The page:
Big Bear Lake's forests, mountains, water and weather make an engaging three-day spring escape. When the final vestiges of winter's white melts, the area's second season begins. Skis and snowboards go on the rafters and bikes and boots come down. As the leaves return, hiking and biking trails open and the lake itself becomes a recreational hub.
Day One: On the water. With 23 miles of attractive shoreline, Big Bear Lake beckons visitors to rent a kayak, canoe, or paddleboat and explore at their own pace. By the hour, half-day, or day, flexible rental arrangements allow you to explore where you want, when you want.
If you prefer to experience the lake at a more rapid pace, water skiing, jet skiing, parasailing and windsurfing are other attractive options. The fish are out there, too. From numerous shoreline spots or atop a boat, you can cast for plentiful, bass, trout, catfish and blue gill. Several full service marinas will meet your bait, tackle, and licensing needs. Fishing boats are available and charters can be arranged. Several public boat launches are available if you float your own boat.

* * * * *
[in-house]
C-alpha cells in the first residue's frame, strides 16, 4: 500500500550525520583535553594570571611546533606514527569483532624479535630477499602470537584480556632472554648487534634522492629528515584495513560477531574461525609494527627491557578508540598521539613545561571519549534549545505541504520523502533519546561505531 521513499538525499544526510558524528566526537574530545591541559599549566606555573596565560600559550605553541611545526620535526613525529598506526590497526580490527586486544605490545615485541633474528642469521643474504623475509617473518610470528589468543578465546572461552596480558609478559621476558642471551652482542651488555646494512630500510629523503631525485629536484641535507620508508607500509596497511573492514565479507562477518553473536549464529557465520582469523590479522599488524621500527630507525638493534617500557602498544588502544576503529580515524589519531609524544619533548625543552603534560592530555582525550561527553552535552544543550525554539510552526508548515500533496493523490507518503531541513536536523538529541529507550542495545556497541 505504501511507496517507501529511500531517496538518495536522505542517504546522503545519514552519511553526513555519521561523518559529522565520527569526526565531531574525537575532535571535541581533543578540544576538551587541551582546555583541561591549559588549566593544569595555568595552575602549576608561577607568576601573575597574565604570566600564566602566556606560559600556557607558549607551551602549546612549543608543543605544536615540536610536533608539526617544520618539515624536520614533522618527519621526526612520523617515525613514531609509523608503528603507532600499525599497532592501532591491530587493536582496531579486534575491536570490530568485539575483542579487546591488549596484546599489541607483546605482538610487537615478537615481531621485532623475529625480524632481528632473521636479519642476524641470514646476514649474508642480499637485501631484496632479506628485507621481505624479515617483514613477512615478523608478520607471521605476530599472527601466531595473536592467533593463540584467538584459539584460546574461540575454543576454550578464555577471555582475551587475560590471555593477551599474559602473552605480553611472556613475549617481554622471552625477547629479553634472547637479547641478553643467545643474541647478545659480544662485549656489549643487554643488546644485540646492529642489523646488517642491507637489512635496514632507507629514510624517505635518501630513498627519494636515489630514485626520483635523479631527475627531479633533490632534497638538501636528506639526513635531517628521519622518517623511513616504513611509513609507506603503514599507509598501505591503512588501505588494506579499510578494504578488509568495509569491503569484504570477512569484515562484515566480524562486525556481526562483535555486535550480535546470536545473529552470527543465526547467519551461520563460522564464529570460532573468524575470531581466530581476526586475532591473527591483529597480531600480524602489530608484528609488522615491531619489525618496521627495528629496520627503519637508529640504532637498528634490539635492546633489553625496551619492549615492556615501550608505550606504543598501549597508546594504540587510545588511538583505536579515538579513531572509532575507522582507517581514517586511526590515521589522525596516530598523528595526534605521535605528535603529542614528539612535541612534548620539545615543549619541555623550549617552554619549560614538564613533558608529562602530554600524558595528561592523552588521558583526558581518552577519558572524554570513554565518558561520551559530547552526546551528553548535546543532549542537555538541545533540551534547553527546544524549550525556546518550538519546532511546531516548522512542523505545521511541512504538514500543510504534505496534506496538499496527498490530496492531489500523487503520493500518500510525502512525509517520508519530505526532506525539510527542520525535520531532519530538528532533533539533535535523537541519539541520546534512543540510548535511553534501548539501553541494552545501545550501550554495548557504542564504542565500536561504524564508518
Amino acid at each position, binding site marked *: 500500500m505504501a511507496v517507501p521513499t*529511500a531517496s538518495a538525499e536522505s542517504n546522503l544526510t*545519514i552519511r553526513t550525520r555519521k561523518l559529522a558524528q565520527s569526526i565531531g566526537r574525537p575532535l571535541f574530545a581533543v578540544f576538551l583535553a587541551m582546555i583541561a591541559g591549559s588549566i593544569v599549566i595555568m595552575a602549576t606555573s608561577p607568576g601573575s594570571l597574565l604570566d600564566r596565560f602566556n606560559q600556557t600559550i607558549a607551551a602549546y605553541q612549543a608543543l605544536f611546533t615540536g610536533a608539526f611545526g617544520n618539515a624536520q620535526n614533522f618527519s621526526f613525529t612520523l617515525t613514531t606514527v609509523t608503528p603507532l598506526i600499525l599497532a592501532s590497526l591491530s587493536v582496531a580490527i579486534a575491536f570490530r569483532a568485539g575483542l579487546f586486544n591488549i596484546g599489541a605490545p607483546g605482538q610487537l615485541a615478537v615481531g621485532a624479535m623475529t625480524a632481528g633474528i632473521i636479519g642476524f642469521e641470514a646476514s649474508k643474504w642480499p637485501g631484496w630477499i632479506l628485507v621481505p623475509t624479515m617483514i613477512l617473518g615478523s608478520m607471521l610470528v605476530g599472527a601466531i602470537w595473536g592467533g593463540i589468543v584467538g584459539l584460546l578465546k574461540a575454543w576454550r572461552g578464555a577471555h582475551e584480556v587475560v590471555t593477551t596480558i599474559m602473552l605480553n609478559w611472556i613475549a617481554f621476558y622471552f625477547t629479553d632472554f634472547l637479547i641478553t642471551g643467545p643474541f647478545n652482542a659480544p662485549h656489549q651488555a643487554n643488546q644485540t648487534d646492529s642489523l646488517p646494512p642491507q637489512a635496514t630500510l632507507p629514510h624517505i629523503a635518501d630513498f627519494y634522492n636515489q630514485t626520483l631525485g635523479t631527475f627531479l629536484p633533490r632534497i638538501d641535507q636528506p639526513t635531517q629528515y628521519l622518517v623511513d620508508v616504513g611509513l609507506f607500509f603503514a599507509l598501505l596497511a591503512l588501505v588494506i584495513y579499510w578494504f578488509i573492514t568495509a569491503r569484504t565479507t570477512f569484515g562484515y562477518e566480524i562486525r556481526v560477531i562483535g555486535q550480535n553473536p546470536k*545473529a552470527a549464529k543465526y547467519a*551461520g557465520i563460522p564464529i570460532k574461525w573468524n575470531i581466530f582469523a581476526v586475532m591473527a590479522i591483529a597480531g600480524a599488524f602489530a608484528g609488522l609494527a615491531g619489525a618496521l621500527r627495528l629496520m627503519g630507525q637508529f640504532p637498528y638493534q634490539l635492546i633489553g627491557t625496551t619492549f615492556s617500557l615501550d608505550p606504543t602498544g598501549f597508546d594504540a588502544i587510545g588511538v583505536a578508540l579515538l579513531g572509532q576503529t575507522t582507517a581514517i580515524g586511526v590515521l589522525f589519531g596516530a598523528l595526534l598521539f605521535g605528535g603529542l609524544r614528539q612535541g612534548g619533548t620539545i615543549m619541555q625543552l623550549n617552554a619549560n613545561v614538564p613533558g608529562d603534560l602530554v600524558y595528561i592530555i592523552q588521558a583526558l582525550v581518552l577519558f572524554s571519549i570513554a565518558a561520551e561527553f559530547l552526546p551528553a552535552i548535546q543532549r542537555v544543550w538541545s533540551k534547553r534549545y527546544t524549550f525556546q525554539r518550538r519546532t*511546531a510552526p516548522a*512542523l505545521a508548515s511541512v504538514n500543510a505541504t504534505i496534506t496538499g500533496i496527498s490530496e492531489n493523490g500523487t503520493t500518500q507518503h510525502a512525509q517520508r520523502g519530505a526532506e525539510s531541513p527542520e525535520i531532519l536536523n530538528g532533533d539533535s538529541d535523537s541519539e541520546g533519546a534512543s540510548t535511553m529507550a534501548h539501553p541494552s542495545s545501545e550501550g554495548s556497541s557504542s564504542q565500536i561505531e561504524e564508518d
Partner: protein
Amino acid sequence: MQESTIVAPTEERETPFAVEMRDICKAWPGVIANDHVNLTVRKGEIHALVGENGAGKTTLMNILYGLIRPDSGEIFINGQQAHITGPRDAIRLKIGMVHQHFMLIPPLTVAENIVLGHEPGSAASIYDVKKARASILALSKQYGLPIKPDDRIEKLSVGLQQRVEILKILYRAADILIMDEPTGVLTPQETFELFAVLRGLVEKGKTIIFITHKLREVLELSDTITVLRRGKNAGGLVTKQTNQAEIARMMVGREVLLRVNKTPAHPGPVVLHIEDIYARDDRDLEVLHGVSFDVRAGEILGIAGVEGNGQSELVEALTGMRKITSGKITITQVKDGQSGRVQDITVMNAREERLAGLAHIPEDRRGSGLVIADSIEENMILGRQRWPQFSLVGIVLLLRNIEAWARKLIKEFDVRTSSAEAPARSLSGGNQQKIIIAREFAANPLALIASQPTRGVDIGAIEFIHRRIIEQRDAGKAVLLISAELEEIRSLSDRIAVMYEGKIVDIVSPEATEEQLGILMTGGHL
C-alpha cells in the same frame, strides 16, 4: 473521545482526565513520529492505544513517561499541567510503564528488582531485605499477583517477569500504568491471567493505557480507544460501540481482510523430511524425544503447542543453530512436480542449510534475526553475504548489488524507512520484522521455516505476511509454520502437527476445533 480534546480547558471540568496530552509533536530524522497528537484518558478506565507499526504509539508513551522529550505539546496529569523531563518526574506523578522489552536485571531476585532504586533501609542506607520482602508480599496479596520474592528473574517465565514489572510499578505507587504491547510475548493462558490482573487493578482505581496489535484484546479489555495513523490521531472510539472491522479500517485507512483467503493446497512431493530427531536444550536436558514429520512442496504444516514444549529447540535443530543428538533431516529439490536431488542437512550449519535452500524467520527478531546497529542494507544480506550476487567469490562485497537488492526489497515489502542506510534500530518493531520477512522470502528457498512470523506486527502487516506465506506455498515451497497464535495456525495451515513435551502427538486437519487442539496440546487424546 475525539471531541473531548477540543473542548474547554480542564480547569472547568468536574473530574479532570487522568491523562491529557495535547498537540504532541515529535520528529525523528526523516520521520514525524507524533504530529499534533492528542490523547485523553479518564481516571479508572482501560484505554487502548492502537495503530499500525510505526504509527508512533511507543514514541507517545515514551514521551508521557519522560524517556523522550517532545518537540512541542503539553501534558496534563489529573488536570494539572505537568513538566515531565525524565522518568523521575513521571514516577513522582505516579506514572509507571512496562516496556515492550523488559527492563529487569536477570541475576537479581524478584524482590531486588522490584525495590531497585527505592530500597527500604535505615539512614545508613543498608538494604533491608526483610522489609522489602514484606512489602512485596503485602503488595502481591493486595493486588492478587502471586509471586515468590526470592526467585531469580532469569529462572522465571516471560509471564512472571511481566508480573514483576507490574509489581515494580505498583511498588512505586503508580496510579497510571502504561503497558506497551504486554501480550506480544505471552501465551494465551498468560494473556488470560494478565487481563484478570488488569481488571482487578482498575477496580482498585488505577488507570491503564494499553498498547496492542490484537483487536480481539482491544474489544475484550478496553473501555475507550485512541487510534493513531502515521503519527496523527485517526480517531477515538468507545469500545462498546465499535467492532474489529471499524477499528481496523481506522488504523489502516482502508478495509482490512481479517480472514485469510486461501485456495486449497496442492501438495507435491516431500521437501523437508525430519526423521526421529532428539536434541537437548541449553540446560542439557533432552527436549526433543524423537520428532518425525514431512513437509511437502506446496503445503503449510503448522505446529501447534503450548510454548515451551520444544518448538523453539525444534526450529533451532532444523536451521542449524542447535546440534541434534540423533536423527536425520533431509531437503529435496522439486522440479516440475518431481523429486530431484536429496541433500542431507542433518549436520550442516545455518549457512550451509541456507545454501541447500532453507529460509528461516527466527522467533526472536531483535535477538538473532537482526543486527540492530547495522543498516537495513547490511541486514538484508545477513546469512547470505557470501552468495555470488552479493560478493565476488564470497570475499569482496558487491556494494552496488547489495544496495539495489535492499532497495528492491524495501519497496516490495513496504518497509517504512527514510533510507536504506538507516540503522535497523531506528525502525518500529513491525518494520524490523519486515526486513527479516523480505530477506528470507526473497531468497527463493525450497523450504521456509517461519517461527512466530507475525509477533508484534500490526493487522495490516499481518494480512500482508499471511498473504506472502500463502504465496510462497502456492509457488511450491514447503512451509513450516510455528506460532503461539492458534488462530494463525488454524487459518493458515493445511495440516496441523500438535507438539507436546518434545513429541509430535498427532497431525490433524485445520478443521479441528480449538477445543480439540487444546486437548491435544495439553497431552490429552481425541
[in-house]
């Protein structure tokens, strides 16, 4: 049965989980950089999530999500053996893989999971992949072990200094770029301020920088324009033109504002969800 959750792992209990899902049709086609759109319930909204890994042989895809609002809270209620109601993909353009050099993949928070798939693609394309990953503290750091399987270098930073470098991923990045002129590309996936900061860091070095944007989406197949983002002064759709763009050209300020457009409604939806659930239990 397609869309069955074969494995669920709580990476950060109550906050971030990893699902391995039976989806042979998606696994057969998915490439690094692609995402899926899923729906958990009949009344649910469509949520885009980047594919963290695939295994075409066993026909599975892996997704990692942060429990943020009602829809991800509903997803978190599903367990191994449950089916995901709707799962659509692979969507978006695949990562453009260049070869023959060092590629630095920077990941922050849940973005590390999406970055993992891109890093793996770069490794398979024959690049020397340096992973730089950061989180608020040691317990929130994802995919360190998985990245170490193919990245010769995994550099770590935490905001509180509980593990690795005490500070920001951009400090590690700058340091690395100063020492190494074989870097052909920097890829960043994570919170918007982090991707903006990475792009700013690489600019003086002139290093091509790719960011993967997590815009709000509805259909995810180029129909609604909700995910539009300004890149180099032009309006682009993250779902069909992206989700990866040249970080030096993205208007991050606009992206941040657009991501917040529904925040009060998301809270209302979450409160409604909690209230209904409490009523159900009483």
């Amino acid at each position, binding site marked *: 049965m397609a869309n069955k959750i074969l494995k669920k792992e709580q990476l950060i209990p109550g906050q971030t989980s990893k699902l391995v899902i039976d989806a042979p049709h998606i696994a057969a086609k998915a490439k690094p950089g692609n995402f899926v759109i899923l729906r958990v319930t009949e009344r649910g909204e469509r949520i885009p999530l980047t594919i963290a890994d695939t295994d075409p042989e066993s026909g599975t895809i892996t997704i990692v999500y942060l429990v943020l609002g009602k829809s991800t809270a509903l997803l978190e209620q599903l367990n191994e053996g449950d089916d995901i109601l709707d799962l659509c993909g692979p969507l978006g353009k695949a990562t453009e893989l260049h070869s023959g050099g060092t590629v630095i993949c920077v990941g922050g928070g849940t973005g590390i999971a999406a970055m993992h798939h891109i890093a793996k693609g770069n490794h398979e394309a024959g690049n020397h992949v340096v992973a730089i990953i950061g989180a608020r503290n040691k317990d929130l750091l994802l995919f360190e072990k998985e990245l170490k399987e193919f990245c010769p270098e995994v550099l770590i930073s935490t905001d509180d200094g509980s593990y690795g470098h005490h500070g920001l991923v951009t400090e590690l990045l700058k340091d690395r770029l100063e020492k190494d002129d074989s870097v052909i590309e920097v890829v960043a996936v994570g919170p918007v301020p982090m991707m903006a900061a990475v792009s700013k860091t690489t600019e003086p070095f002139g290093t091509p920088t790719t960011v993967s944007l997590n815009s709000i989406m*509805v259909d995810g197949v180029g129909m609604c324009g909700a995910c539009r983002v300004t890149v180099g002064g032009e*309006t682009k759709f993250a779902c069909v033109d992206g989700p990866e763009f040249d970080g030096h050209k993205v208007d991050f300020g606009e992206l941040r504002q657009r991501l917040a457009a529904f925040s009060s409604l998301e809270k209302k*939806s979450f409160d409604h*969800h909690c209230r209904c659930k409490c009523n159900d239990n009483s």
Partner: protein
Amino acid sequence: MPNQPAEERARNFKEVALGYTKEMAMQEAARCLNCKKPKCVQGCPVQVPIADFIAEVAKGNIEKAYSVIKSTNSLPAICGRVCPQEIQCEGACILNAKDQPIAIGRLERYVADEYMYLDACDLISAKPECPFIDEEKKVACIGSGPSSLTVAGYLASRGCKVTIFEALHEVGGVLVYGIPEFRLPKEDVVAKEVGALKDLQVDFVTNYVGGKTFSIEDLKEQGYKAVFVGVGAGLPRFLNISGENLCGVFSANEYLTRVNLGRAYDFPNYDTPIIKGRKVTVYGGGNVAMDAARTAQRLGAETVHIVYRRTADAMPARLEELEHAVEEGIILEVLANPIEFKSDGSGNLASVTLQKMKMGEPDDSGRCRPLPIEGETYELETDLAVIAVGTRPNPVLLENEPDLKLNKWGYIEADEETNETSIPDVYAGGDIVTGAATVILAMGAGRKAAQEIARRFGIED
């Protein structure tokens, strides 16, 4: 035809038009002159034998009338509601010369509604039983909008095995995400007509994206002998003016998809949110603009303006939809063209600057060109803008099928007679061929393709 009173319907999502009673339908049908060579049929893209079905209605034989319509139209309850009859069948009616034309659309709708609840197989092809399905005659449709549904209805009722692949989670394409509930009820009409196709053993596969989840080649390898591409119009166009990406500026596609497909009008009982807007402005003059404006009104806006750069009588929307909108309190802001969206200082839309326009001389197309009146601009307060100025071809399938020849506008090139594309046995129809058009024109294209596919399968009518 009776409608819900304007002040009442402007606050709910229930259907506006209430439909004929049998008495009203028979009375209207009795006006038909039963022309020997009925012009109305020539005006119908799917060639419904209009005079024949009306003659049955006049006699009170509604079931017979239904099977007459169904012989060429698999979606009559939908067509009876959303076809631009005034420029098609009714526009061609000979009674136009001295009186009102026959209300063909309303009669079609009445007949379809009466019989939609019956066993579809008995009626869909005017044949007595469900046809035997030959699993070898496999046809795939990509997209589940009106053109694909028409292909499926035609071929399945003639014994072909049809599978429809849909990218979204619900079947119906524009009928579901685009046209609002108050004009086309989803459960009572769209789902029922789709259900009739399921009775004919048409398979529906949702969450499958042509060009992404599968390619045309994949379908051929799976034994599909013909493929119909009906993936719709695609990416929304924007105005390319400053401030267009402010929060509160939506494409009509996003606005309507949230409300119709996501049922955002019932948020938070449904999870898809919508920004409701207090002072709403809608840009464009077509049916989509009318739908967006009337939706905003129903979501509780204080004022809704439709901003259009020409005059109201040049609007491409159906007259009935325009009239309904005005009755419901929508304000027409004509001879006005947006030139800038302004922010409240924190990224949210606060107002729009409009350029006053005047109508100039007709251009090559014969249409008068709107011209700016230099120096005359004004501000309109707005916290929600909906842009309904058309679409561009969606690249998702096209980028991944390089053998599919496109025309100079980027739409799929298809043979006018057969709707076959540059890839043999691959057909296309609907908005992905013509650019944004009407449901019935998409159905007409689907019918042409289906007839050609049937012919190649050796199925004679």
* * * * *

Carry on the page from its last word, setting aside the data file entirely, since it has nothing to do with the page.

Day two: On the land. An extensive trail system surrounding Big Bear Lake entices mountain bikers. From the paved Alpine Pedal Path along the north shore of the lake to the steep stretches of the John Bull Loop, trails ranging from very easy to quite challenging offer fresh air exercise and spectacular scenery.
Walkers and hikers easily understand why Orange County Register readers recently voted the Big Bear area the "Best Hiking in Southern California." From an easy 6/10 mile path to a difficult 10-mile loop, local trails are diverse and inspiring.
If you want to enjoy with exerting, there are a trio of means to see the lake, valley, and surrounding mountains while another provides the locomotion. Jeep tours, four-wheel excursions, and horseback riding offer exciting jaunts into the high altitude wonderland.
Day three: The town. Browsing or buying, local shops look and feel like they belong in the alpine environment they are. Unique souvenirs, fine-art and mountain apparel can all be found with coffee shops, pubs, and a broad range of dining options in between. The Big Bear Museum opens in late May. Here, tales from legendary trappers, miners, ranchers, and lumberjacks colorize the history of the area from the 1885 gold rush through the 21st Century.
» Also view Winter, Summer and Autumn's Travel Planners.